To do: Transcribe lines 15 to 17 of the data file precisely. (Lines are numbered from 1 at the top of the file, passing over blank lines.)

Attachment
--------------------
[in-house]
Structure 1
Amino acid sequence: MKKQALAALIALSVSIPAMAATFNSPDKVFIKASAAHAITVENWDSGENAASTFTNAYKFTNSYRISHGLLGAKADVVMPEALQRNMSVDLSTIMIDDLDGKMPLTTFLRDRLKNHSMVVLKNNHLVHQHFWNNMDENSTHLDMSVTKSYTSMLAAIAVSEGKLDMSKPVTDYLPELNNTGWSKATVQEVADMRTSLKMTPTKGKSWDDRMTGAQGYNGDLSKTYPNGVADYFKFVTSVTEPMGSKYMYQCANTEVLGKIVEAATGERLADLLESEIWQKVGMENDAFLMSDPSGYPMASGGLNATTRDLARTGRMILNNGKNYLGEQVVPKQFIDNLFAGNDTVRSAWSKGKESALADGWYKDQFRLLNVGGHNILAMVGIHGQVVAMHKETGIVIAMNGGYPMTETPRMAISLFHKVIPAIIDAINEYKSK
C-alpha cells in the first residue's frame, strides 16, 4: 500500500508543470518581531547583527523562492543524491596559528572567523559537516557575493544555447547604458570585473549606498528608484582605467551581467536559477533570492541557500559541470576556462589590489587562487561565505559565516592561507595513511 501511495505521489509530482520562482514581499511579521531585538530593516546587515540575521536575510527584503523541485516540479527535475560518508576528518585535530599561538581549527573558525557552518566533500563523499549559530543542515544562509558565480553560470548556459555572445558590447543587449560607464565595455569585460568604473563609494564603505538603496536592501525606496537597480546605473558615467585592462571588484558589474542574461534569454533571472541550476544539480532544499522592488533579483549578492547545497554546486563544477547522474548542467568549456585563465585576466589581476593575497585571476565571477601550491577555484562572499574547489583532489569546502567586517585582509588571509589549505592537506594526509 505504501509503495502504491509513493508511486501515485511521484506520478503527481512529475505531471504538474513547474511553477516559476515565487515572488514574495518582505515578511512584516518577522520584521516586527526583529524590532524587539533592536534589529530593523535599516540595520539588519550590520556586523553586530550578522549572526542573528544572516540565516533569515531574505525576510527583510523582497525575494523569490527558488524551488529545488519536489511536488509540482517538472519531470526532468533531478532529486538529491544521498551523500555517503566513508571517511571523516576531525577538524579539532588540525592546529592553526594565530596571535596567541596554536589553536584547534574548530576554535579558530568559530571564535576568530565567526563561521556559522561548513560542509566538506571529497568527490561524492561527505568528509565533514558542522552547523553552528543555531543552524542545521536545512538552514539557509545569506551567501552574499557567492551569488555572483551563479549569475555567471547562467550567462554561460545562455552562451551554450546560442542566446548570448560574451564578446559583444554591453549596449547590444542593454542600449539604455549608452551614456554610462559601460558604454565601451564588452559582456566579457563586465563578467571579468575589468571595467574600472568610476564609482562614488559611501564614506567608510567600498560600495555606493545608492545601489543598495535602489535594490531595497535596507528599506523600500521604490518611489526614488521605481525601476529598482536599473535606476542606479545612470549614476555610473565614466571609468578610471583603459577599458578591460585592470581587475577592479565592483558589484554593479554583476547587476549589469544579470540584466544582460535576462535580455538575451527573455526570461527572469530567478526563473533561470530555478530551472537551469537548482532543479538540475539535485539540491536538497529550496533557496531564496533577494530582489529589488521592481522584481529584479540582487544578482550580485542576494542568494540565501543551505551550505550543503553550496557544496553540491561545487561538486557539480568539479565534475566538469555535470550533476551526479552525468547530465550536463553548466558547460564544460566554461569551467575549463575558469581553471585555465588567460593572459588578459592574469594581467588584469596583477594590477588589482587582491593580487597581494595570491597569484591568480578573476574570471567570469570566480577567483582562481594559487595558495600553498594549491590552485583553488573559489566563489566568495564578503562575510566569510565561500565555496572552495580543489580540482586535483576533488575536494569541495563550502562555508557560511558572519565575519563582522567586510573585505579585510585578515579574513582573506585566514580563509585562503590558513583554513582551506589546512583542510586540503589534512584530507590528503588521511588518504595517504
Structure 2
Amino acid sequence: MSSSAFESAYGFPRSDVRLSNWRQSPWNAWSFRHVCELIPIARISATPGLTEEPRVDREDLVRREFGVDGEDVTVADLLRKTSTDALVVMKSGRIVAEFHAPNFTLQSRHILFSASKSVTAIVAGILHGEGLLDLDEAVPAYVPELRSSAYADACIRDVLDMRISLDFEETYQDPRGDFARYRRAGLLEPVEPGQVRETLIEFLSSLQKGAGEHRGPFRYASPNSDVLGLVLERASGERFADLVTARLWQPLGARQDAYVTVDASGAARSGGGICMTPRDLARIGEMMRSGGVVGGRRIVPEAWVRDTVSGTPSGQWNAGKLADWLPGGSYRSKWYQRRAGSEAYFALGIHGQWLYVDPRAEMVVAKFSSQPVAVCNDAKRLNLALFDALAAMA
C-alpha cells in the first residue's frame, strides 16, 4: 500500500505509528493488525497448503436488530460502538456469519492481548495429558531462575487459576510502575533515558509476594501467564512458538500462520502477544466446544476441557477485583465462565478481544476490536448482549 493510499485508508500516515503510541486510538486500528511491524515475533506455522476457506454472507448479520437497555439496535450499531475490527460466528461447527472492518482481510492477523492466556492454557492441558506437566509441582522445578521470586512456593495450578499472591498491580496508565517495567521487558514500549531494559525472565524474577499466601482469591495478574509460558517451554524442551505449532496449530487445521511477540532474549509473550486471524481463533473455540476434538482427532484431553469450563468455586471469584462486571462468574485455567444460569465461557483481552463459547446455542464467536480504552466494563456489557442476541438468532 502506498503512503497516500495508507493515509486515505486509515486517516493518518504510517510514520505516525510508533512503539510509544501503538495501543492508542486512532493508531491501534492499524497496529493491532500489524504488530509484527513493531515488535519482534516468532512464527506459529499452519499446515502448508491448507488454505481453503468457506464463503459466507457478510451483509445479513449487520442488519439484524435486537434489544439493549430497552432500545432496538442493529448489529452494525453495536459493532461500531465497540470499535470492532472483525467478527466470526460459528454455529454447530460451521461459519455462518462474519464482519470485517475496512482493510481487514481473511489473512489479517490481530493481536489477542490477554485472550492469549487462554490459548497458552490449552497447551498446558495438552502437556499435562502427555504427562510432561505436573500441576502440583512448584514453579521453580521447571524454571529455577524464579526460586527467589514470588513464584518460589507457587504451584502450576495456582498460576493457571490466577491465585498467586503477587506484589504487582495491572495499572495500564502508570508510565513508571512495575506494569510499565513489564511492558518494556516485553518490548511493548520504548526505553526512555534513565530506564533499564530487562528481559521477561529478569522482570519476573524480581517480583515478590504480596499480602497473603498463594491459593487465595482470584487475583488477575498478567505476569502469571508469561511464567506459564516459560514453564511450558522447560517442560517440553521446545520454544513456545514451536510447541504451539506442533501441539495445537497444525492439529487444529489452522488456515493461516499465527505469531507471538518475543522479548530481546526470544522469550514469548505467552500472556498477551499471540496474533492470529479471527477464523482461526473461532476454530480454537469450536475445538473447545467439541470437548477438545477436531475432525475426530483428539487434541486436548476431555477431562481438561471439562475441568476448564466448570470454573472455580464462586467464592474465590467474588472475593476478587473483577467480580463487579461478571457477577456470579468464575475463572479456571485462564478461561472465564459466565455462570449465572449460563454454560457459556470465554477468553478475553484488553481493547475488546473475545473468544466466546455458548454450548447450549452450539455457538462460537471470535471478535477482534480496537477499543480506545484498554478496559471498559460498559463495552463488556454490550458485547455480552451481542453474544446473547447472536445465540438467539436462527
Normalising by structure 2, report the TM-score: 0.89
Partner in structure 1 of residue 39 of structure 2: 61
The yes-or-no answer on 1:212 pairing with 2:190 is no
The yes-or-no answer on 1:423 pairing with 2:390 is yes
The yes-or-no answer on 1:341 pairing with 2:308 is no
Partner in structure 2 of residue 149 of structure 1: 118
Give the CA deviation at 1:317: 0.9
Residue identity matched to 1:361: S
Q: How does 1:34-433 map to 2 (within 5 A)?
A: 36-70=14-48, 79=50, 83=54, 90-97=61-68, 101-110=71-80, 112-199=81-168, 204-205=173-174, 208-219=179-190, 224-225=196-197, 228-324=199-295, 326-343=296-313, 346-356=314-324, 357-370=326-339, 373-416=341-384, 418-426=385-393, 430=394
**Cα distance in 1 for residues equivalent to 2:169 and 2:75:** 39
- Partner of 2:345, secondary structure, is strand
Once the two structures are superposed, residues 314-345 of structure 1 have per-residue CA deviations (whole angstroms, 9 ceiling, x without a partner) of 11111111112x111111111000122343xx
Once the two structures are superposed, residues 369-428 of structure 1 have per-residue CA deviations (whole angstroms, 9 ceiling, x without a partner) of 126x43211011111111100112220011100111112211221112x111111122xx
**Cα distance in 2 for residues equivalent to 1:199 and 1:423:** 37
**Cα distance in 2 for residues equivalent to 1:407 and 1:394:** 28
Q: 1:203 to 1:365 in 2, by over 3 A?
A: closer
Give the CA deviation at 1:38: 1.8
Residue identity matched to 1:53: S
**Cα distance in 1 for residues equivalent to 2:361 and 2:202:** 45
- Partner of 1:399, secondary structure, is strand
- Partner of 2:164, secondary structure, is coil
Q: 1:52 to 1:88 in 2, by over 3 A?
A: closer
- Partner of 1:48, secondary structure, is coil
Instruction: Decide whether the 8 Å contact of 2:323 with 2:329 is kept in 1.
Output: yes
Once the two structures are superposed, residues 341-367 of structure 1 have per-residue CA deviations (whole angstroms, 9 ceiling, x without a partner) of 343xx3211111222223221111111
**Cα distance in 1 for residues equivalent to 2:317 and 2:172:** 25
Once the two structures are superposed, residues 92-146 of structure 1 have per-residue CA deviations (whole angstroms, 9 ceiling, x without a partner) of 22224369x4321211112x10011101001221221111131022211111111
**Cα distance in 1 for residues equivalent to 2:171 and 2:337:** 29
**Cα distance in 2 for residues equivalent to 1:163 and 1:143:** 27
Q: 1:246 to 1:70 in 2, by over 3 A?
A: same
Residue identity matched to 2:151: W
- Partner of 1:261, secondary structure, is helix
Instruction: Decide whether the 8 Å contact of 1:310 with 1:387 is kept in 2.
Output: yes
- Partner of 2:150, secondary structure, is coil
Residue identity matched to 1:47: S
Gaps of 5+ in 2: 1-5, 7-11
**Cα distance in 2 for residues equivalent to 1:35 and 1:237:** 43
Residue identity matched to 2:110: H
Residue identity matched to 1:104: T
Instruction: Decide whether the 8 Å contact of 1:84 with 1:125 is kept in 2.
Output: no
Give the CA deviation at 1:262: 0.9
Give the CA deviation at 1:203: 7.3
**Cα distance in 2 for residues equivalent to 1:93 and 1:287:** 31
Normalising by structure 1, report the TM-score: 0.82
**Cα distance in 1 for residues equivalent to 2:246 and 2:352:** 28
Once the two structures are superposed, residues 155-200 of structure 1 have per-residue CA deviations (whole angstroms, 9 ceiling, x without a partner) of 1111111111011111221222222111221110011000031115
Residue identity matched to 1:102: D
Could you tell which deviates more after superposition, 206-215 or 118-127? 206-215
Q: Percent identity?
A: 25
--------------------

Residue identity matched to 1:361: S
Q: How does 1:34-433 map to 2 (within 5 A)?
A: 36-70=14-48, 79=50, 83=54, 90-97=61-68, 101-110=71-80, 112-199=81-168, 204-205=173-174, 208-219=179-190, 224-225=196-197, 228-324=199-295, 326-343=296-313, 346-356=314-324, 357-370=326-339, 373-416=341-384, 418-426=385-393, 430=394